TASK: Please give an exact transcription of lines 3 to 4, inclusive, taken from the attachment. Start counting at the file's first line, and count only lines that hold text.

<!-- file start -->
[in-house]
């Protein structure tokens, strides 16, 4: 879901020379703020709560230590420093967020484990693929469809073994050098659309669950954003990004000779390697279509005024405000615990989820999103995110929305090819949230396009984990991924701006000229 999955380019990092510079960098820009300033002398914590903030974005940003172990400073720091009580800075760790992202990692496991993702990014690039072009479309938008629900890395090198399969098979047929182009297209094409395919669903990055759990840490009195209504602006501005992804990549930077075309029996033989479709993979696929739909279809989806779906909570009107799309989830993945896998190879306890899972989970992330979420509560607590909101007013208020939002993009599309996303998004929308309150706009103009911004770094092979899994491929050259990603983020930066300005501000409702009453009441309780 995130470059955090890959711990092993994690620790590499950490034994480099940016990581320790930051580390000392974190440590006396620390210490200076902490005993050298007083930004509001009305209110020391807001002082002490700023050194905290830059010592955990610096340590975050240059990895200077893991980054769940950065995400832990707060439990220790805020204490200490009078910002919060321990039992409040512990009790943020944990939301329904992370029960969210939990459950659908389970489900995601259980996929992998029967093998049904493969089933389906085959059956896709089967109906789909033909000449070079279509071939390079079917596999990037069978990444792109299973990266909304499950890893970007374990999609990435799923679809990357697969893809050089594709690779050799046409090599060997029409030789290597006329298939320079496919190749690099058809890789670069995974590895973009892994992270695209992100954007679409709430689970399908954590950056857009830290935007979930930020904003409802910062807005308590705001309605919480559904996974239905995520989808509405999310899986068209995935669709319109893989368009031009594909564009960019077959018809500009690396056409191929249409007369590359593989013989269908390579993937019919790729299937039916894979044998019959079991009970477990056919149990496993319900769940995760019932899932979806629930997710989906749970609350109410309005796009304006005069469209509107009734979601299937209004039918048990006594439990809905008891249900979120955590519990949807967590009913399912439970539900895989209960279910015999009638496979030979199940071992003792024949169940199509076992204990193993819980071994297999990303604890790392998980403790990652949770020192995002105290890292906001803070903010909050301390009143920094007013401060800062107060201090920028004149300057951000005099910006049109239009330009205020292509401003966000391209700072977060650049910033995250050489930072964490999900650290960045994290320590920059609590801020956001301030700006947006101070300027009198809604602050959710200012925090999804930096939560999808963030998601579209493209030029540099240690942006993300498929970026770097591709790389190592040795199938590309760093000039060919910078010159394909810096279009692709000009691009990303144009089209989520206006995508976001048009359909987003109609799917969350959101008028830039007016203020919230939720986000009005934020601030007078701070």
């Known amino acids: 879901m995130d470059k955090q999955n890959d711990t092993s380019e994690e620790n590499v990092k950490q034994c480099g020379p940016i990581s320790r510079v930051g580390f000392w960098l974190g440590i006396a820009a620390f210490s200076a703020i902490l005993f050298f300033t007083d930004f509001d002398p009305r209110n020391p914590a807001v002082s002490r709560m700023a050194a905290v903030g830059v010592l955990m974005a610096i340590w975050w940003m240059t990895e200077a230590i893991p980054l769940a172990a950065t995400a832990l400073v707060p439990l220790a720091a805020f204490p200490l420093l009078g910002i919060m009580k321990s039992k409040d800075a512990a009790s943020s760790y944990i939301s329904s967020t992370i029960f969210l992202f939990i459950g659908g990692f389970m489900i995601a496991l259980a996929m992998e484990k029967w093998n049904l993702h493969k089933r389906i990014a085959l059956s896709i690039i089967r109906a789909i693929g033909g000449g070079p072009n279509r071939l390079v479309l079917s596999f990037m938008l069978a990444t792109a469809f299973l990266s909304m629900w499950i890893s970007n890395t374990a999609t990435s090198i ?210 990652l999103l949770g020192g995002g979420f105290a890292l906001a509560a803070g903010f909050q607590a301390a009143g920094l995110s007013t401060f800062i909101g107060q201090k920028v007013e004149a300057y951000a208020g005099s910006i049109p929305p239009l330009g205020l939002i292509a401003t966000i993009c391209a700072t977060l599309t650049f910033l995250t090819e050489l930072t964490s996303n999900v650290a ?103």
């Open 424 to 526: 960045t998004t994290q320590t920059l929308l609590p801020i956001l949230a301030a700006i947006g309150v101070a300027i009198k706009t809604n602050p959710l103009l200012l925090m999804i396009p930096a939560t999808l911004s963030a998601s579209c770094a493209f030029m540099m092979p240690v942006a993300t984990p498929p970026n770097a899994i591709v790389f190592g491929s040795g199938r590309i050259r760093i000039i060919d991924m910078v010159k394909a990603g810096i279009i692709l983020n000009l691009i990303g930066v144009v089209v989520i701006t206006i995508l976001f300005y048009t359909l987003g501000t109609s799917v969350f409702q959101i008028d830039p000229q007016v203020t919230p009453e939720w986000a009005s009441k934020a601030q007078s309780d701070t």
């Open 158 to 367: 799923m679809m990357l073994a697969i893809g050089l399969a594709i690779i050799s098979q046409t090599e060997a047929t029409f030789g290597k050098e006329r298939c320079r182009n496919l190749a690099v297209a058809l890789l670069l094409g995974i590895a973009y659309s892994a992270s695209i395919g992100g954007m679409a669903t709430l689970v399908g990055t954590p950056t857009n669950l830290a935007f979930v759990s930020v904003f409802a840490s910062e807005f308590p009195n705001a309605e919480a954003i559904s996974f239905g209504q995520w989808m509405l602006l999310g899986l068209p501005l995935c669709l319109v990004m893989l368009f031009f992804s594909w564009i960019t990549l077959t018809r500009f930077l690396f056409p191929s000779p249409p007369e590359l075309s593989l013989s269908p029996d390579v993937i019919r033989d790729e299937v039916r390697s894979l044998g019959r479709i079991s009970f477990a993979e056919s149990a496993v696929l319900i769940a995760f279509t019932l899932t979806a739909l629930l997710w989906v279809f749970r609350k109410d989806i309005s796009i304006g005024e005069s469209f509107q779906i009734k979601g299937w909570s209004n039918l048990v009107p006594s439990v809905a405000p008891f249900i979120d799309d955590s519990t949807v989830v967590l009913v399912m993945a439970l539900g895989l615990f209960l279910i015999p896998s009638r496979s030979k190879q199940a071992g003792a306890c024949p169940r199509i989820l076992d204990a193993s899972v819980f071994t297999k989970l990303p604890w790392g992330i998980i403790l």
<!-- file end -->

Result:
């Known amino acids: 879901m995130d470059k955090q999955n890959d711990t092993s380019e994690e620790n590499v990092k950490q034994c480099g020379p940016i990581s320790r510079v930051g580390f000392w960098l974190g440590i006396a820009a620390f210490s200076a703020i902490l005993f050298f300033t007083d930004f509001d002398p009305r209110n020391p914590a807001v002082s002490r709560m700023a050194a905290v903030g830059v010592l955990m974005a610096i340590w975050w940003m240059t990895e200077a230590i893991p980054l769940a172990a950065t995400a832990l400073v707060p439990l220790a720091a805020f204490p200490l420093l009078g910002i919060m009580k321990s039992k409040d800075a512990a009790s943020s760790y944990i939301s329904s967020t992370i029960f969210l992202f939990i459950g659908g990692f389970m489900i995601a496991l259980a996929m992998e484990k029967w093998n049904l993702h493969k089933r389906i990014a085959l059956s896709i690039i089967r109906a789909i693929g033909g000449g070079p072009n279509r071939l390079v479309l079917s596999f990037m938008l069978a990444t792109a469809f299973l990266s909304m629900w499950i890893s970007n890395t374990a999609t990435s090198i ?210 990652l999103l949770g020192g995002g979420f105290a890292l906001a509560a803070g903010f909050q607590a301390a009143g920094l995110s007013t401060f800062i909101g107060q201090k920028v007013e004149a300057y951000a208020g005099s910006i049109p929305p239009l330009g205020l939002i292509a401003t966000i993009c391209a700072t977060l599309t650049f910033l995250t090819e050489l930072t964490s996303n999900v650290a ?103």
């Open 424 to 526: 960045t998004t994290q320590t920059l929308l609590p801020i956001l949230a301030a700006i947006g309150v101070a300027i009198k706009t809604n602050p959710l103009l200012l925090m999804i396009p930096a939560t999808l911004s963030a998601s579209c770094a493209f030029m540099m092979p240690v942006a993300t984990p498929p970026n770097a899994i591709v790389f190592g491929s040795g199938r590309i050259r760093i000039i060919d991924m910078v010159k394909a990603g810096i279009i692709l983020n000009l691009i990303g930066v144009v089209v989520i701006t206006i995508l976001f300005y048009t359909l987003g501000t109609s799917v969350f409702q959101i008028d830039p000229q007016v203020t919230p009453e939720w986000a009005s009441k934020a601030q007078s309780d701070t």